Some of the challenges the new tanker faces include the plane's fuel hose disconnecting from fuel-thirsty aircraft during test flights, the Puget Sound Business Journal reported March 20. This past January, the Pentagon's testing office raised concerns about the tanker's ability to withstand electromagnetic pulse attacks, Sputnik News reported.
Pretty cool to be here for this behind-the-scenes glimpse of eight KC-46s ready for the defense team to work on them @FlyPaineField! Soon these are headed to the @USAirForce! #KC46 #TeamTanker pic.twitter.com/T1vQAItZ1Z— Boeing Defense (@BoeingDefense) May 3, 2018
The Pentagon is plugging forward with the program anyway and is hoping that Boeing will deliver the aircraft by the end of 2018. On Thursday, the aircraft maker showed off the new Pegasus aircraft to a select group of reporters.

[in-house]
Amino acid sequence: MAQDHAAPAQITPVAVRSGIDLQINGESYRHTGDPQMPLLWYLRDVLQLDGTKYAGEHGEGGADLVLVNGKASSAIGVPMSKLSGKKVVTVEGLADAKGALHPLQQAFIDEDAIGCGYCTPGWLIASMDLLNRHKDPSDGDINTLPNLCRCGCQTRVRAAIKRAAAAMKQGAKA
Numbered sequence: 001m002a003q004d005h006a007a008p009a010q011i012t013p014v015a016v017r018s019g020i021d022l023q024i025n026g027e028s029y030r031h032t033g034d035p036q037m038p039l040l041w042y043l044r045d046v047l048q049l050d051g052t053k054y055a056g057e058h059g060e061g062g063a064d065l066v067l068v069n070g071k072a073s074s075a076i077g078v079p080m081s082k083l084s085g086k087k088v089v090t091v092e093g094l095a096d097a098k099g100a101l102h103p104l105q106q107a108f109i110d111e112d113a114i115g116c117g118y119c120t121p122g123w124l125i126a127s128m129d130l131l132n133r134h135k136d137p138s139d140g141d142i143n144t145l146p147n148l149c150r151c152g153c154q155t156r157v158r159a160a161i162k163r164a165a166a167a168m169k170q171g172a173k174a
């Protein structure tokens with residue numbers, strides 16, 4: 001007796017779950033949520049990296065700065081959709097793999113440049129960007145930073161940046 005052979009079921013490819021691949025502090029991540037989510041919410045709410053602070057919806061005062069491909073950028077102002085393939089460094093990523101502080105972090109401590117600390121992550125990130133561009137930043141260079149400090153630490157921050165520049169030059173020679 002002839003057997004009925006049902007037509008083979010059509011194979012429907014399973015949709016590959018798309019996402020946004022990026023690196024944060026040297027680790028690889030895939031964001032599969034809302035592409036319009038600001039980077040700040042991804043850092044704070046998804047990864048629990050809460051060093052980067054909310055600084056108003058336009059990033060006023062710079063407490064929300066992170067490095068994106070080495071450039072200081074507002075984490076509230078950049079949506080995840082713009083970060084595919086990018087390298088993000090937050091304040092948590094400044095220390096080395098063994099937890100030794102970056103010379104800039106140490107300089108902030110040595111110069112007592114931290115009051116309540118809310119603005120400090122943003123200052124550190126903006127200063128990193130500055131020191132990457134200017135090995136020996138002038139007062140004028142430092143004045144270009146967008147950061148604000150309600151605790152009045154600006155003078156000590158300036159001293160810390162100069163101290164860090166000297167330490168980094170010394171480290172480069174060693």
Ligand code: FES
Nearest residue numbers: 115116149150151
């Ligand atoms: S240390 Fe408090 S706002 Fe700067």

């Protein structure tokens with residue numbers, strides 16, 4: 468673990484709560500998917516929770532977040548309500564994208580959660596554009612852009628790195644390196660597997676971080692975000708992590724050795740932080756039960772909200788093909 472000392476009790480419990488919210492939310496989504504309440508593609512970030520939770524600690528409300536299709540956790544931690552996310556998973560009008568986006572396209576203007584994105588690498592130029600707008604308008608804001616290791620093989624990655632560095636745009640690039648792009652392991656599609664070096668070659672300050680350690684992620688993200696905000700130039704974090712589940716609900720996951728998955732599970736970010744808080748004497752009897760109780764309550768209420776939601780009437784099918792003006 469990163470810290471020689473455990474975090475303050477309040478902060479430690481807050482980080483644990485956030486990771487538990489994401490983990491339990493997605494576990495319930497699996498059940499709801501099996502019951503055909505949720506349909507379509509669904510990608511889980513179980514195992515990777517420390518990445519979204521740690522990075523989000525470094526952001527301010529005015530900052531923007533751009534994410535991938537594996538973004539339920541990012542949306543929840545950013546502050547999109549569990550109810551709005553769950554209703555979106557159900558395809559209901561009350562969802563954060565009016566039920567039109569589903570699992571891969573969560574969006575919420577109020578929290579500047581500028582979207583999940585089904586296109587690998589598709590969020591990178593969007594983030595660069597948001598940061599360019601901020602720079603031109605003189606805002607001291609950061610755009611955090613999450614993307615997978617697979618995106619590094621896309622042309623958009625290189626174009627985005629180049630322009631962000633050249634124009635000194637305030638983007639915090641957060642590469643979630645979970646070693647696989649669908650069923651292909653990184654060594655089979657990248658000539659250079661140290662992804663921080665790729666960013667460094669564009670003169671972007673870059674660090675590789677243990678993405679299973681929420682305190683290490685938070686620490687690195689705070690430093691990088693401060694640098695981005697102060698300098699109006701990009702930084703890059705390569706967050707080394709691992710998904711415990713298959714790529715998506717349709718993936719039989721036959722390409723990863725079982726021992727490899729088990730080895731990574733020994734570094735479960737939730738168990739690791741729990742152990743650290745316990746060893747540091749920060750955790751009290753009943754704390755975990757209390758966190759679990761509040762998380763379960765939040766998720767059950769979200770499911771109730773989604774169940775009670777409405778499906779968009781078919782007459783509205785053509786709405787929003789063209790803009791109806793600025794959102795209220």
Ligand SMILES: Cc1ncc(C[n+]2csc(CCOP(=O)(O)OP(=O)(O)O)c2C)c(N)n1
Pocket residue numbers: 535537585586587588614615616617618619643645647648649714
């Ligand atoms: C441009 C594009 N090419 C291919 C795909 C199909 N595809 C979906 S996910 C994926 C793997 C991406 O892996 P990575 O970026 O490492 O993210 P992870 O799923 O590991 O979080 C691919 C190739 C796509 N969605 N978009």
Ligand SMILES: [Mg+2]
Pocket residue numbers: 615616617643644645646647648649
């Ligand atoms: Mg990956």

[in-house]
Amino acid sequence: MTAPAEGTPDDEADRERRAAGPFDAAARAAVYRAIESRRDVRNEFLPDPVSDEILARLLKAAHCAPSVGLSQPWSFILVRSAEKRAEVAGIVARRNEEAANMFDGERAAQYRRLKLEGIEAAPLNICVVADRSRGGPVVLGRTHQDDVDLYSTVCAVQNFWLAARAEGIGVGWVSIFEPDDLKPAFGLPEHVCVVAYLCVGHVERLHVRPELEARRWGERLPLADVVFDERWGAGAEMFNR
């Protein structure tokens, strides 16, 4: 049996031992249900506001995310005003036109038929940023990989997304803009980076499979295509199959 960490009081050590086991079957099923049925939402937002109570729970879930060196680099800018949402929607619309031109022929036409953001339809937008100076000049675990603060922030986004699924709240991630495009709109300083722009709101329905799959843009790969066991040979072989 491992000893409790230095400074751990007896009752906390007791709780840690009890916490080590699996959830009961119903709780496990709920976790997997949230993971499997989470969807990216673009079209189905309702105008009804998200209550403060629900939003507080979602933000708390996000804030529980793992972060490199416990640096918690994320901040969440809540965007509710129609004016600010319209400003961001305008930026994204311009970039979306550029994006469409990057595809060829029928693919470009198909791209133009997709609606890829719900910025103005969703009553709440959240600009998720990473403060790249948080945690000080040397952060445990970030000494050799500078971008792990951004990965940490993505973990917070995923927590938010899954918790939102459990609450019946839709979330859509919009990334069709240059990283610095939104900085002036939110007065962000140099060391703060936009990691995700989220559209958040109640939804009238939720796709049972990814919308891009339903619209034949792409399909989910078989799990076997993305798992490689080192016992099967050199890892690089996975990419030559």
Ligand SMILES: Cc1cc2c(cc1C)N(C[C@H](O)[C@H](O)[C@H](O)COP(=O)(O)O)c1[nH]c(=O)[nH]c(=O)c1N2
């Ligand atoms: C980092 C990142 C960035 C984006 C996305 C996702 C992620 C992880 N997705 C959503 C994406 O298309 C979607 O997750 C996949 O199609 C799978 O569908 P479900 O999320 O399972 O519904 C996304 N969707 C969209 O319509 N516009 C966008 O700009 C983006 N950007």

— Ted Land (@TedLandK5) May 3, 2018
There are nearly three dozen KC-46s at various stages of assembly at the Paine Field Airport in Washington state, adjacent to Boeing's Everett Factory, reporters say. The KC-46 is based on Boeing's 767 passenger airliner and both planes are manufactured at the Everett plant.
— Phil Musser (@BoeingCCO) May 3, 2018
The KC-46 Pegasus program, already in its seventh year, is one of the US Air Force's highest priority acquisition programs, the Government Accountability Office said in an April report. Combining research and development expenses with acquisition costs, GAO has estimated that each plane's real unit cost is about $241 million.
— Jon Ostrower (@jonostrower) May 3, 2018